Hussein's hometown hub of fealty
Having reaped benefits from the dictator's rise to power, Tikrit remains a city devoted to the fallen leader.
The Khashmani family could see that the war was rumbling close, and so they reached up and removed the heavy ceramic relief of Saddam Hussein from their visiting room wall. They did not want Mr. Hussein's idealized image - a portrait of the dictator as a young man - to be damaged by US bombing raids.Skip to next paragraph
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Now Hussein's likeness, bulky as a tombstone, sits on the floor behind their dining table. It is just out of sight, but - like the man himself - not quite gone. Neither is deep loyalty to Hussein in the fallen dictator's hometown Tikrit. People here express sadness for his demise, outrage at US marines patrolling their streets, and insecurity over the future.
"I love Saddam Hussein," says Ayyad Khashmani, slipping into tears in front of a dozen gathered family members. "What's happening now is not good because the US wants to divide Iraq. Saddam Hussein wanted good things for Iraq and for all the Arab countries."
Or, at least, that's what he wanted for Tikrit. Hussein was 10 when he moved to his uncle's house in this once-scrappy town on the Tigris River. After his rise to power, he poured petro-dollars into developing Tikrit, giving it unheard of amenities: a six-lane highway, carpeting in schools, and a modern 400-bed hospital. Compared to average Iraqis, Tikritis have come to live famously well.
So while Baghdad held anti-US demonstrations - mostly to protest the lack of electrical power - Tikrit is the nucleus of defiance. Although intelligence assessments that Hussein would hide out here are unconfirmed, people in Tikrit behave almost as if their president were still ruling.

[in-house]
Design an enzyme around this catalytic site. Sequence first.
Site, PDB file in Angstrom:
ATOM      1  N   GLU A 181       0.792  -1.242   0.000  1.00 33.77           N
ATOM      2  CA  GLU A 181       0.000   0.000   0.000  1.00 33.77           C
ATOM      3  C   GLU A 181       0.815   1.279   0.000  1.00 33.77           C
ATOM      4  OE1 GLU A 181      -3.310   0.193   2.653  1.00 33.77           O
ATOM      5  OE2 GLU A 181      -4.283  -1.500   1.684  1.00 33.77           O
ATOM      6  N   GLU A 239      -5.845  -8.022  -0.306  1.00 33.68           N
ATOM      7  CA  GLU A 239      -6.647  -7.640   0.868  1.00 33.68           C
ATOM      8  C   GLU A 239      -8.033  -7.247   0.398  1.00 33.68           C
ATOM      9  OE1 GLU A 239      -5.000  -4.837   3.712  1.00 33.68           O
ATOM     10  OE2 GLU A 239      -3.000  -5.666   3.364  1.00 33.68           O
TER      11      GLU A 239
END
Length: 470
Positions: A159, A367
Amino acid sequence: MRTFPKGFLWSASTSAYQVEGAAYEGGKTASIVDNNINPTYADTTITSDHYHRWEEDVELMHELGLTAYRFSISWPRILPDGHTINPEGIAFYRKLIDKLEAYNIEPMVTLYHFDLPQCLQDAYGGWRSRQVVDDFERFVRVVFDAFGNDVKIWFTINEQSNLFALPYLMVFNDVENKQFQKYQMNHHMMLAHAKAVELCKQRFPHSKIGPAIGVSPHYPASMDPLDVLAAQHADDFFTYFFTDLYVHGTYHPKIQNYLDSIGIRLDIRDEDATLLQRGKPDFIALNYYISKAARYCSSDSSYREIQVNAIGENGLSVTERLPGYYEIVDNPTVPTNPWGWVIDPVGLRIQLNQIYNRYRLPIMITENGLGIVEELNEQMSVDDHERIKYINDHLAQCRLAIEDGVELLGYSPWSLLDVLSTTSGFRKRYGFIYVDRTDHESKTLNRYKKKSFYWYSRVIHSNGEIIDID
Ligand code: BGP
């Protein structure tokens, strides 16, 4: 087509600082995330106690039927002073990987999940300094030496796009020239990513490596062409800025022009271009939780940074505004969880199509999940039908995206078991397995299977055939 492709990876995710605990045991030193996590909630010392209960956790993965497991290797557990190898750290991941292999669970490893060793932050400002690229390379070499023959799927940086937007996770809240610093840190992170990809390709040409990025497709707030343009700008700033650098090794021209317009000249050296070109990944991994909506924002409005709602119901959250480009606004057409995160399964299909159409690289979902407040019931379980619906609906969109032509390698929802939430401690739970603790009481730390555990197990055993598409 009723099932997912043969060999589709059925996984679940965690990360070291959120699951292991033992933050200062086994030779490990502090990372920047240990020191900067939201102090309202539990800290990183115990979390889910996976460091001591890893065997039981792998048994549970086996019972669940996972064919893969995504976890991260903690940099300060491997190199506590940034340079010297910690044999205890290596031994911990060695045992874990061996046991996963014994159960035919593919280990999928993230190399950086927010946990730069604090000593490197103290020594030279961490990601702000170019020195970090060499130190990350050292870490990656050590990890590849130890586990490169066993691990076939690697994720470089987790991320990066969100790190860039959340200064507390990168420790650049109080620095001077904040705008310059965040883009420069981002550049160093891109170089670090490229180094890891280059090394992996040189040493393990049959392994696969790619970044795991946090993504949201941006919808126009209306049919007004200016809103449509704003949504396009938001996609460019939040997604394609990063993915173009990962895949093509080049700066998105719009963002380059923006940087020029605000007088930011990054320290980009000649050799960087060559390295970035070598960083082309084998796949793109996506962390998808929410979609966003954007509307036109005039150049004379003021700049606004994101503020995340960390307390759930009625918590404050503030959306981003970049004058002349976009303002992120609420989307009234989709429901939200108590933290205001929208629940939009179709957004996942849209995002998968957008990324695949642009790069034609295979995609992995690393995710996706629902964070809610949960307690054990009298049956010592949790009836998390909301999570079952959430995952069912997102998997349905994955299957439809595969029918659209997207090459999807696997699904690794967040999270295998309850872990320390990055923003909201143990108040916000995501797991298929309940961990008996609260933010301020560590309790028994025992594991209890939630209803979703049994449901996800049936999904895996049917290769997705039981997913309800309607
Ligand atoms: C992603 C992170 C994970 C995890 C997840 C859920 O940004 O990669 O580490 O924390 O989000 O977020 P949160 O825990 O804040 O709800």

Given his largess, it is perhaps not surprising they remain loyal to Hussein. Many of his relatives came from here and benefited from his rise to power by winning plum positions in the Baath Party regime. People here say they will be watching the US military occupation of Iraq and the transition to an interim government. If either falters, the disgruntled residents of Tikrit could spearhead a rebellion or power grab.
After all, here stands what may be Iraq's only untouched statue of Hussein, cutting a dark, trim military figure on horseback. Framed photographs adorn each lamppost through the town. Jingoistic billboards and painted-tile portraits stand unscathed. It as if time has stood still here, despite the fact that every other likeness of Saddam across Iraq has been destroyed, defaced, or reduced to humiliating doodles.
"Do not photograph it," orders a young Tikrit man who pulled over with a carload of friends to question a foreign reporter inspecting a rare find here: a massive screen print picture of Hussein that had been slashed.
Next door is the Tikrit Museum, half-destroyed by a US bombing raid. For locals, it is a blaring attempt by the West to erase their culture; one US official says the museum was an enormous propaganda organ for the dictator's cult of personality.
Mr. Khashmani, once responsible for finding new drilling sites for the state-run oil company, maintains comfortable homes here and in Baghdad. But all of it shrinks in comparison to the opulent palaces Hussein built here, sitting like an Arabian Versailles overlooking the Tigris. Most people in Tikrit have not glimpsed the excess of Hussein's never-never-land, with its golden faucets, sparkling chandeliers, and endless rooms. One palace here named Zulfaqar, begun in 1993 with the express purpose of defying United Nations sanctions - so says a plaque at the entrance - boasts a movie theatre and a domed room that resembles a mosque, with the Arabic initials "S.H." painted in the places where "Allah" or "Mohammed" would normally be.